A persistent narrative has grown up over the years about why so many change efforts fail — or at least why they are harder than they need to be. It goes like this: A heroic leader is trying valiantly to change the organization, but he’s meeting with resistance. It comes from the layer of “permafrost” — aka long-serving middle managers. These managers are vital to the success of the change effort because they have to translate the new strategy into work streams and projects. But they’re not working fast enough or getting enough done.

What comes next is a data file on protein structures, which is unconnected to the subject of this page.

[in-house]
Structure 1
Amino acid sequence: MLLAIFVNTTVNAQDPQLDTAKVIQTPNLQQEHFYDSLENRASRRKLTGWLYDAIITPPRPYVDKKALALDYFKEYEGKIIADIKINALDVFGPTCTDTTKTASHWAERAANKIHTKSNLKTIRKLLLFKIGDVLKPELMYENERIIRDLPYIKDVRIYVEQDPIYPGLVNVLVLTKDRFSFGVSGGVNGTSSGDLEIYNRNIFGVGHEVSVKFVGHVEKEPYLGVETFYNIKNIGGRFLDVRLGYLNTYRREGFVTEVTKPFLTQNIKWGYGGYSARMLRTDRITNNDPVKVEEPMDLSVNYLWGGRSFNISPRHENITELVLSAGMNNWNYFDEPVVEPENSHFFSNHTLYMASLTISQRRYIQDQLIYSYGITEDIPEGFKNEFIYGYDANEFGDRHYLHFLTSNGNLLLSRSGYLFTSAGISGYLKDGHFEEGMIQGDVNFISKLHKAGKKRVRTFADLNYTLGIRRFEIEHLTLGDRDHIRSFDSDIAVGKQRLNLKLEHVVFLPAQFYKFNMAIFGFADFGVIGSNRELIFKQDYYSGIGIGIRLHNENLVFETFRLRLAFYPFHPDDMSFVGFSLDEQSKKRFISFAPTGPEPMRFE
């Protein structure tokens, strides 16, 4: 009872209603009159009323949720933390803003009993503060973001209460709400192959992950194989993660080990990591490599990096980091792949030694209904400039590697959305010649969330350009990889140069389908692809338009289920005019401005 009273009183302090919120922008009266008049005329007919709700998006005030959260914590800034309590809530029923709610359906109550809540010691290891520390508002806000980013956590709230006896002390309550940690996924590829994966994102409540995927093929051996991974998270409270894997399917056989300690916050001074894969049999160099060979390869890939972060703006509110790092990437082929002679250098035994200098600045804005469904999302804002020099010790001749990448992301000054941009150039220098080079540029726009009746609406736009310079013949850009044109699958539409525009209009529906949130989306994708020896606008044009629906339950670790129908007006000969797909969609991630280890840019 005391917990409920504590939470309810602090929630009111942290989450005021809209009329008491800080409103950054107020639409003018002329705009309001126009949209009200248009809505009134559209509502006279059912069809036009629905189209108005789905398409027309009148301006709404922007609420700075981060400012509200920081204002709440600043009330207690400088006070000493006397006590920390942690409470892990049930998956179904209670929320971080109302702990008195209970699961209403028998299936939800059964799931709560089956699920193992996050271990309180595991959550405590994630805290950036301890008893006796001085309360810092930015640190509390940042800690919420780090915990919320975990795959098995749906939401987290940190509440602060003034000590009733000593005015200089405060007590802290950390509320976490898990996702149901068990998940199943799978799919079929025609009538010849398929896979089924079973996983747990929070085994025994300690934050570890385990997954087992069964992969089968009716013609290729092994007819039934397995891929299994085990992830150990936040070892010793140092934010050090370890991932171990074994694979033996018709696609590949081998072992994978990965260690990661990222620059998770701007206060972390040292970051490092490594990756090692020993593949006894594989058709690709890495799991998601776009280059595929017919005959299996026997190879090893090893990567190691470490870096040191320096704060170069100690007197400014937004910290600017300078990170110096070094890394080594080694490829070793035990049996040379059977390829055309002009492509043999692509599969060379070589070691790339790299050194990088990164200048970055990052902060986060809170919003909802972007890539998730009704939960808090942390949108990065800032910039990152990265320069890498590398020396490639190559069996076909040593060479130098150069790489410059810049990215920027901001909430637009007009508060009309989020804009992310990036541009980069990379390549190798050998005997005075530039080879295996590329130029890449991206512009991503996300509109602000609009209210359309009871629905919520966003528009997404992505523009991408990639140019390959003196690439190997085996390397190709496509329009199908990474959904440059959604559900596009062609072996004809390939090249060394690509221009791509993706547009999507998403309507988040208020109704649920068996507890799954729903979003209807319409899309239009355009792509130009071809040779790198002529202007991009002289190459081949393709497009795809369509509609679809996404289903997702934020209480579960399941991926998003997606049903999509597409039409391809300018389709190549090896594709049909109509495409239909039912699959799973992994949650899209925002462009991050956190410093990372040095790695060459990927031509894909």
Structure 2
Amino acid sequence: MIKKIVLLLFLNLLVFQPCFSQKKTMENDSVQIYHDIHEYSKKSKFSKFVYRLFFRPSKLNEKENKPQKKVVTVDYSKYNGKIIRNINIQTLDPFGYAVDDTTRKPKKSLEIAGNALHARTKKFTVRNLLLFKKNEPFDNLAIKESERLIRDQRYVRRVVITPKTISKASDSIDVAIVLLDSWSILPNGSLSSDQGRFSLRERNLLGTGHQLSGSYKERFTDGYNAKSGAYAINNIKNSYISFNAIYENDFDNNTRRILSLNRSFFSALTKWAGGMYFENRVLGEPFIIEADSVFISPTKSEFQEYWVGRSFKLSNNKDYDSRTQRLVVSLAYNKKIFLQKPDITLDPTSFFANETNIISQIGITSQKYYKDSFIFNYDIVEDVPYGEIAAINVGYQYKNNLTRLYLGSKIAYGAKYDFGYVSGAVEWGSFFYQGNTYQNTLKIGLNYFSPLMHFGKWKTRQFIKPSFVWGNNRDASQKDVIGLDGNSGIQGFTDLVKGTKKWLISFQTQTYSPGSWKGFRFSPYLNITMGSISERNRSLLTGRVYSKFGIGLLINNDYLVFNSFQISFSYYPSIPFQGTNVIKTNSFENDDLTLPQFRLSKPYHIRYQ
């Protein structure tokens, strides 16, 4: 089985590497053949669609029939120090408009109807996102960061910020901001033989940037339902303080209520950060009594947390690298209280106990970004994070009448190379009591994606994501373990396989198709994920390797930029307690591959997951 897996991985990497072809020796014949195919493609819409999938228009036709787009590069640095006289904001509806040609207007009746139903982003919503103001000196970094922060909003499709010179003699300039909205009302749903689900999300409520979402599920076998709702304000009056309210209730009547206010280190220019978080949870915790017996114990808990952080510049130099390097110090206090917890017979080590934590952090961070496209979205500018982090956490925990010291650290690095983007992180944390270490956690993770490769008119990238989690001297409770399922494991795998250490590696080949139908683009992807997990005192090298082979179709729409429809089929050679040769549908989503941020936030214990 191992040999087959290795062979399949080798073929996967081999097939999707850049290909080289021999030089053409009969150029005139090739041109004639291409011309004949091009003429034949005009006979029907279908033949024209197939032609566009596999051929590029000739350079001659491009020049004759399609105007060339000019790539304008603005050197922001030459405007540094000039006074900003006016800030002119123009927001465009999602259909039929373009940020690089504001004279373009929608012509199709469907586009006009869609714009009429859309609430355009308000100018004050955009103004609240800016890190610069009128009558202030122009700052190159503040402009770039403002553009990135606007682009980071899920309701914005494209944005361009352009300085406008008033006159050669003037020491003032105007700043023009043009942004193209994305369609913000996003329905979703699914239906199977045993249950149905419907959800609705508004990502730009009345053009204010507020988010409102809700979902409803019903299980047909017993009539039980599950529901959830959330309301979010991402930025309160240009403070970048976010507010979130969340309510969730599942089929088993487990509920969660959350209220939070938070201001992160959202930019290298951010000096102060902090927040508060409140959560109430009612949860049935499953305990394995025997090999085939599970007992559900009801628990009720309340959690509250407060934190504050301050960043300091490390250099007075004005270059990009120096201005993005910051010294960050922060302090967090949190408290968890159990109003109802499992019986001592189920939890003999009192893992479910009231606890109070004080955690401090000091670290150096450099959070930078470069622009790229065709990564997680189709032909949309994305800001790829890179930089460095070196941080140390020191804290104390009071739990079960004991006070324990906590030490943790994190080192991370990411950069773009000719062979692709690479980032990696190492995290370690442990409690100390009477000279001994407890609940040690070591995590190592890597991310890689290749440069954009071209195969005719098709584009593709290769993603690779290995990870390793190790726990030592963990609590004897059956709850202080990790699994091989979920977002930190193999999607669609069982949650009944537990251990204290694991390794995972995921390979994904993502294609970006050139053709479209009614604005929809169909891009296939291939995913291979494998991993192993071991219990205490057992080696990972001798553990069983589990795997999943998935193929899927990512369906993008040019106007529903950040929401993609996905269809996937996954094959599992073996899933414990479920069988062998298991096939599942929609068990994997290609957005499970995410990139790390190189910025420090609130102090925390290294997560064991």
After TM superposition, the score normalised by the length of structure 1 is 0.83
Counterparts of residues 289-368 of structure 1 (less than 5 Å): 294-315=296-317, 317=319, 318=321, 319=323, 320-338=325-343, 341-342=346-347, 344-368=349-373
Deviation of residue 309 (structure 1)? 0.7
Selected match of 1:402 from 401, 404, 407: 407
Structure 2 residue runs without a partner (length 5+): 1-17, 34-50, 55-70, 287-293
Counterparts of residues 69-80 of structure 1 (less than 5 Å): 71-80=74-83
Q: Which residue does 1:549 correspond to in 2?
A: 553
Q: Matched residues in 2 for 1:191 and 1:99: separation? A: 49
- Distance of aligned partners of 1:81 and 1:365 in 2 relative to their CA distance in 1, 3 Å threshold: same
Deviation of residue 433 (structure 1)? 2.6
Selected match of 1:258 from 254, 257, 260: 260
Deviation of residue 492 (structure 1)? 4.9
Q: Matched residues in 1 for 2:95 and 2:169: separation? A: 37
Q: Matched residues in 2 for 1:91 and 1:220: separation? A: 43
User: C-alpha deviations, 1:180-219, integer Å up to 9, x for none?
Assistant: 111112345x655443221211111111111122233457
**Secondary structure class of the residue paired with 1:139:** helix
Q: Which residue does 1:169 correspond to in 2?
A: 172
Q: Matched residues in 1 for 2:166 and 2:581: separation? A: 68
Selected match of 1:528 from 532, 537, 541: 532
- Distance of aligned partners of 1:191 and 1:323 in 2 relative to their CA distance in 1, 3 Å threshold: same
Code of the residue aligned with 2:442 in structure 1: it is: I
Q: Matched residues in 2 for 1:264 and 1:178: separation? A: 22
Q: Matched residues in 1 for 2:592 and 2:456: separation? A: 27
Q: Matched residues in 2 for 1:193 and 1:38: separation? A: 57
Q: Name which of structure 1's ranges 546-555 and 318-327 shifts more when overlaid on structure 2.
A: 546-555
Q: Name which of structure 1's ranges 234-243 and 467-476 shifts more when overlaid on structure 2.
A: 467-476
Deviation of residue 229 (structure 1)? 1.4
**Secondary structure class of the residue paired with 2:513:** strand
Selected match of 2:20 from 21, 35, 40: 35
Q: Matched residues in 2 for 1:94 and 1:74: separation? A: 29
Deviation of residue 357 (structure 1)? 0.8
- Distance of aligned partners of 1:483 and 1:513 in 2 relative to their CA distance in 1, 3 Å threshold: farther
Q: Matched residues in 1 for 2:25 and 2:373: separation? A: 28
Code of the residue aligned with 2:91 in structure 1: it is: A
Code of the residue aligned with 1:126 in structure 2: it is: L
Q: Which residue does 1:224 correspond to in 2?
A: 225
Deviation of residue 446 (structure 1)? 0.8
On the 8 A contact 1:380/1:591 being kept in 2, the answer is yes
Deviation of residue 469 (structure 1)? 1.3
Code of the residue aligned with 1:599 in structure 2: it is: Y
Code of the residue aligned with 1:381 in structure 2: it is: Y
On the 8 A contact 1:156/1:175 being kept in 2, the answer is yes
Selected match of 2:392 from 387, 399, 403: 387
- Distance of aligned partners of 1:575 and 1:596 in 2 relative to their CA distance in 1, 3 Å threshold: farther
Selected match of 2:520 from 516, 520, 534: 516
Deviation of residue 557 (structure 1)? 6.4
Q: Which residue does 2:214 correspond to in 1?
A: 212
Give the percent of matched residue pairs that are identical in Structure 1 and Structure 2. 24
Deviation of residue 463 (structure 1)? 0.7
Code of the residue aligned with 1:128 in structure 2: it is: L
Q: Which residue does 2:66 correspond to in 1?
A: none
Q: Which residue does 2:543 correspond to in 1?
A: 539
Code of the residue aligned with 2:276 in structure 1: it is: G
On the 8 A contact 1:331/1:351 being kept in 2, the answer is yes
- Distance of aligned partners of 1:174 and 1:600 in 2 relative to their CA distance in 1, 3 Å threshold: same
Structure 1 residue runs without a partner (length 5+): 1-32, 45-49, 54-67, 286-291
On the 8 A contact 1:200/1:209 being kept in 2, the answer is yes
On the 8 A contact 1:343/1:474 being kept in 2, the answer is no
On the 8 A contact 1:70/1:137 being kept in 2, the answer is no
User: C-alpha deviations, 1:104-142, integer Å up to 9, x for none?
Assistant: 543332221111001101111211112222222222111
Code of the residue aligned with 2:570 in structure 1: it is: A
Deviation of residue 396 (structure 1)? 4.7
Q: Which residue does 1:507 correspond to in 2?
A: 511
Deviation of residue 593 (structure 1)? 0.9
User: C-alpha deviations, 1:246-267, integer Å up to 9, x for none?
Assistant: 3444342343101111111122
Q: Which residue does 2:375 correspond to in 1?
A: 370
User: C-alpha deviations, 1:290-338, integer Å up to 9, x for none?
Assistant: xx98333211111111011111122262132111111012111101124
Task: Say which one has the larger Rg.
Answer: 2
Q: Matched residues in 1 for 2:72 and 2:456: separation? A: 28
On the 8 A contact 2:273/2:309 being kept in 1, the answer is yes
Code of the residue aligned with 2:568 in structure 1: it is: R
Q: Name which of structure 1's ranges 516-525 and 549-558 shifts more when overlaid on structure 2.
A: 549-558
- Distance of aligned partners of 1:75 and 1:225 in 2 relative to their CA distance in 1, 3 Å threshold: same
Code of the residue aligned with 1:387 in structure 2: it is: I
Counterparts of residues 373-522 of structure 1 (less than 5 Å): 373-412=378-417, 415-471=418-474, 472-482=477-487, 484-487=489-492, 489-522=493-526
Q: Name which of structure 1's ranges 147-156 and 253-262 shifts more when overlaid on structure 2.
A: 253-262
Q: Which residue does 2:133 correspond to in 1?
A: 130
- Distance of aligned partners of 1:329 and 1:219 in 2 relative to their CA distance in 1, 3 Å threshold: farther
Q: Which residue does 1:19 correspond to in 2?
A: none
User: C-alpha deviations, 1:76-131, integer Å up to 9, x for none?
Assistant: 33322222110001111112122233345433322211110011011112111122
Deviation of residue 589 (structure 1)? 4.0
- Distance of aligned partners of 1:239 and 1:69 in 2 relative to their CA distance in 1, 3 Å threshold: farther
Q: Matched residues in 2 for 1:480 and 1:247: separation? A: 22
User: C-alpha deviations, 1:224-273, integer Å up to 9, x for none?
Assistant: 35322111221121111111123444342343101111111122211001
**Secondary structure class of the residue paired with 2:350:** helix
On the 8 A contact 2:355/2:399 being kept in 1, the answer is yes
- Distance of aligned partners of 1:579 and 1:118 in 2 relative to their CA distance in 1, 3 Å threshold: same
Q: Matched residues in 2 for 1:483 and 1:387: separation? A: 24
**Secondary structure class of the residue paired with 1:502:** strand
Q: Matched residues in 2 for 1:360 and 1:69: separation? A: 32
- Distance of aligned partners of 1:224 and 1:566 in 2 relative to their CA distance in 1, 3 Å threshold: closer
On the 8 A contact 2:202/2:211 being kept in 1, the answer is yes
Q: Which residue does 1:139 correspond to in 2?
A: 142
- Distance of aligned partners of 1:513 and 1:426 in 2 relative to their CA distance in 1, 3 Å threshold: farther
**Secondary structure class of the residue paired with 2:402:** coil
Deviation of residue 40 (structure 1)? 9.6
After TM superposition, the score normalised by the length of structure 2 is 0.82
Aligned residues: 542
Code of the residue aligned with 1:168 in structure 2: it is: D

Is this narrative true? Given the high rate and frequency of change failure in organizations, can all of it be blamed on lazy managers freezing up their organizations?
My latest research suggests there’s a different story — one in which the roles are reversed. When change efforts are failing, I lay the blame not on lazy